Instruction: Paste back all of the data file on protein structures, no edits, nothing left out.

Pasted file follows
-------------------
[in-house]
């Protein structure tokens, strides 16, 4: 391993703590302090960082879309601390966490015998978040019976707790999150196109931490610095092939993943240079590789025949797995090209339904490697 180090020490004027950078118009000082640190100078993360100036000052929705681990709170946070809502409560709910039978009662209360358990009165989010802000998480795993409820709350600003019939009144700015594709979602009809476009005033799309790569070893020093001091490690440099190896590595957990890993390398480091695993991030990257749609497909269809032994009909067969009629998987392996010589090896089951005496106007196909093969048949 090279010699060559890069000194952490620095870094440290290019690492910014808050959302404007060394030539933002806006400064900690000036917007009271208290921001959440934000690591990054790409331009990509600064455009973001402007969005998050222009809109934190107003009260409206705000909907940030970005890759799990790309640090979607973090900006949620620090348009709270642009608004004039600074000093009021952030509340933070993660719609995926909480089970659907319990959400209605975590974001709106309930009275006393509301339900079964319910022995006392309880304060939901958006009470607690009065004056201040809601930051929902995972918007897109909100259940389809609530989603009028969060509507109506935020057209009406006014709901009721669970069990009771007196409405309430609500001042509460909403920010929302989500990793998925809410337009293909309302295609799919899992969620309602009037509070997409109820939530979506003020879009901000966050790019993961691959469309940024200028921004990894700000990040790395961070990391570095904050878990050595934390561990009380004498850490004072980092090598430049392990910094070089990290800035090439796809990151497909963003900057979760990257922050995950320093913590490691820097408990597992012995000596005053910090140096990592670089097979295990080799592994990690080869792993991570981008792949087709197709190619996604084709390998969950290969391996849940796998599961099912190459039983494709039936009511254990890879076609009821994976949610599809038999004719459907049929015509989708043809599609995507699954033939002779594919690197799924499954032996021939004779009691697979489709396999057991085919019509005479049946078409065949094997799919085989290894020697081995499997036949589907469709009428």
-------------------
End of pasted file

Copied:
[in-house]
């Protein structure tokens, strides 16, 4: 391993703590302090960082879309601390966490015998978040019976707790999150196109931490610095092939993943240079590789025949797995090209339904490697 180090020490004027950078118009000082640190100078993360100036000052929705681990709170946070809502409560709910039978009662209360358990009165989010802000998480795993409820709350600003019939009144700015594709979602009809476009005033799309790569070893020093001091490690440099190896590595957990890993390398480091695993991030990257749609497909269809032994009909067969009629998987392996010589090896089951005496106007196909093969048949 090279010699060559890069000194952490620095870094440290290019690492910014808050959302404007060394030539933002806006400064900690000036917007009271208290921001959440934000690591990054790409331009990509600064455009973001402007969005998050222009809109934190107003009260409206705000909907940030970005890759799990790309640090979607973090900006949620620090348009709270642009608004004039600074000093009021952030509340933070993660719609995926909480089970659907319990959400209605975590974001709106309930009275006393509301339900079964319910022995006392309880304060939901958006009470607690009065004056201040809601930051929902995972918007897109909100259940389809609530989603009028969060509507109506935020057209009406006014709901009721669970069990009771007196409405309430609500001042509460909403920010929302989500990793998925809410337009293909309302295609799919899992969620309602009037509070997409109820939530979506003020879009901000966050790019993961691959469309940024200028921004990894700000990040790395961070990391570095904050878990050595934390561990009380004498850490004072980092090598430049392990910094070089990290800035090439796809990151497909963003900057979760990257922050995950320093913590490691820097408990597992012995000596005053910090140096990592670089097979295990080799592994990690080869792993991570981008792949087709197709190619996604084709390998969950290969391996849940796998599961099912190459039983494709039936009511254990890879076609009821994976949610599809038999004719459907049929015509989708043809599609995507699954033939002779594919690197799924499954032996021939004779009691697979489709396999057991085919019509005479049946078409065949094997799919085989290894020697081995499997036949589907469709009428």